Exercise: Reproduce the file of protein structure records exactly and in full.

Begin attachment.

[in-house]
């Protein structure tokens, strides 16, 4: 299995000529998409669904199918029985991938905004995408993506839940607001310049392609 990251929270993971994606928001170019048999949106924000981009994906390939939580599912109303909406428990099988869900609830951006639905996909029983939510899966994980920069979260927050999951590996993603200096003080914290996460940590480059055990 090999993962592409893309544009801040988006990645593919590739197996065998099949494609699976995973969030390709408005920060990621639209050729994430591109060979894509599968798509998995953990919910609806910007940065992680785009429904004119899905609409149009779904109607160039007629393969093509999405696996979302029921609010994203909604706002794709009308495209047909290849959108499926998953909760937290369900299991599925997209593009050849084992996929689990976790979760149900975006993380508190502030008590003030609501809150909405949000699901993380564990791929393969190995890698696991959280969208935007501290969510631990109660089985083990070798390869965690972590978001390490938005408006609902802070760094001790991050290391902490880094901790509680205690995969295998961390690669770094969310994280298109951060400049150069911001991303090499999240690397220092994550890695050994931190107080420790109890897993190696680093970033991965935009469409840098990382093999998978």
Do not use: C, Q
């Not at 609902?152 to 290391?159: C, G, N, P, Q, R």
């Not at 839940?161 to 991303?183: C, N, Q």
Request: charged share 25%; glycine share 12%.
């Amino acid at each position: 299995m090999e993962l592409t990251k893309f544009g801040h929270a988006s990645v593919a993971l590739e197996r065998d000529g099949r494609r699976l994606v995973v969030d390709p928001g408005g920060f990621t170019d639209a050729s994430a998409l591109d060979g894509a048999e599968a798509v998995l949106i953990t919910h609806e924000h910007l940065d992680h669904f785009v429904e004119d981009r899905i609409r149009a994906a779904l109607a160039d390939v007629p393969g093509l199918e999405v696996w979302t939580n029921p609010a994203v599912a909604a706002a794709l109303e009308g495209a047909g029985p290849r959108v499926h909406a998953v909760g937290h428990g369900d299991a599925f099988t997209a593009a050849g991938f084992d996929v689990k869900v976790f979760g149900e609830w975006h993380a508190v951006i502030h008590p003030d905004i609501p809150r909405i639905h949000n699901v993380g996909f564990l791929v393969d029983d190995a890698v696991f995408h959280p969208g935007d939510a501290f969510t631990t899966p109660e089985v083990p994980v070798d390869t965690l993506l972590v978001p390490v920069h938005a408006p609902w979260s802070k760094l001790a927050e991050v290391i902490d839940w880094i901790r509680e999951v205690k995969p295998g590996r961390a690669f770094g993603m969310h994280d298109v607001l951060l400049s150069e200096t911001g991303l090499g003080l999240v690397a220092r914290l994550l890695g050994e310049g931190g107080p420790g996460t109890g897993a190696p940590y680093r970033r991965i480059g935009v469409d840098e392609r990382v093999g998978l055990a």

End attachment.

[in-house]
């Protein structure tokens, strides 16, 4: 299995000529998409669904199918029985991938905004995408993506839940607001310049392609 990251929270993971994606928001170019048999949106924000981009994906390939939580599912109303909406428990099988869900609830951006639905996909029983939510899966994980920069979260927050999951590996993603200096003080914290996460940590480059055990 090999993962592409893309544009801040988006990645593919590739197996065998099949494609699976995973969030390709408005920060990621639209050729994430591109060979894509599968798509998995953990919910609806910007940065992680785009429904004119899905609409149009779904109607160039007629393969093509999405696996979302029921609010994203909604706002794709009308495209047909290849959108499926998953909760937290369900299991599925997209593009050849084992996929689990976790979760149900975006993380508190502030008590003030609501809150909405949000699901993380564990791929393969190995890698696991959280969208935007501290969510631990109660089985083990070798390869965690972590978001390490938005408006609902802070760094001790991050290391902490880094901790509680205690995969295998961390690669770094969310994280298109951060400049150069911001991303090499999240690397220092994550890695050994931190107080420790109890897993190696680093970033991965935009469409840098990382093999998978």
Do not use: C, Q
């Not at 609902?152 to 290391?159: C, G, N, P, Q, R």
């Not at 839940?161 to 991303?183: C, N, Q």
Request: charged share 25%; glycine share 12%.
């Amino acid at each position: 299995m090999e993962l592409t990251k893309f544009g801040h929270a988006s990645v593919a993971l590739e197996r065998d000529g099949r494609r699976l994606v995973v969030d390709p928001g408005g920060f990621t170019d639209a050729s994430a998409l591109d060979g894509a048999e599968a798509v998995l949106i953990t919910h609806e924000h910007l940065d992680h669904f785009v429904e004119d981009r899905i609409r149009a994906a779904l109607a160039d390939v007629p393969g093509l199918e999405v696996w979302t939580n029921p609010a994203v599912a909604a706002a794709l109303e009308g495209a047909g029985p290849r959108v499926h909406a998953v909760g937290h428990g369900d299991a599925f099988t997209a593009a050849g991938f084992d996929v689990k869900v976790f979760g149900e609830w975006h993380a508190v951006i502030h008590p003030d905004i609501p809150r909405i639905h949000n699901v993380g996909f564990l791929v393969d029983d190995a890698v696991f995408h959280p969208g935007d939510a501290f969510t631990t899966p109660e089985v083990p994980v070798d390869t965690l993506l972590v978001p390490v920069h938005a408006p609902w979260s802070k760094l001790a927050e991050v290391i902490d839940w880094i901790r509680e999951v205690k995969p295998g590996r961390a690669f770094g993603m969310h994280d298109v607001l951060l400049s150069e200096t911001g991303l090499g003080l999240v690397a220092r914290l994550l890695g050994e310049g931190g107080p420790g996460t109890g897993a190696p940590y680093r970033r991965i480059g935009v469409d840098e392609r990382v093999g998978l055990a």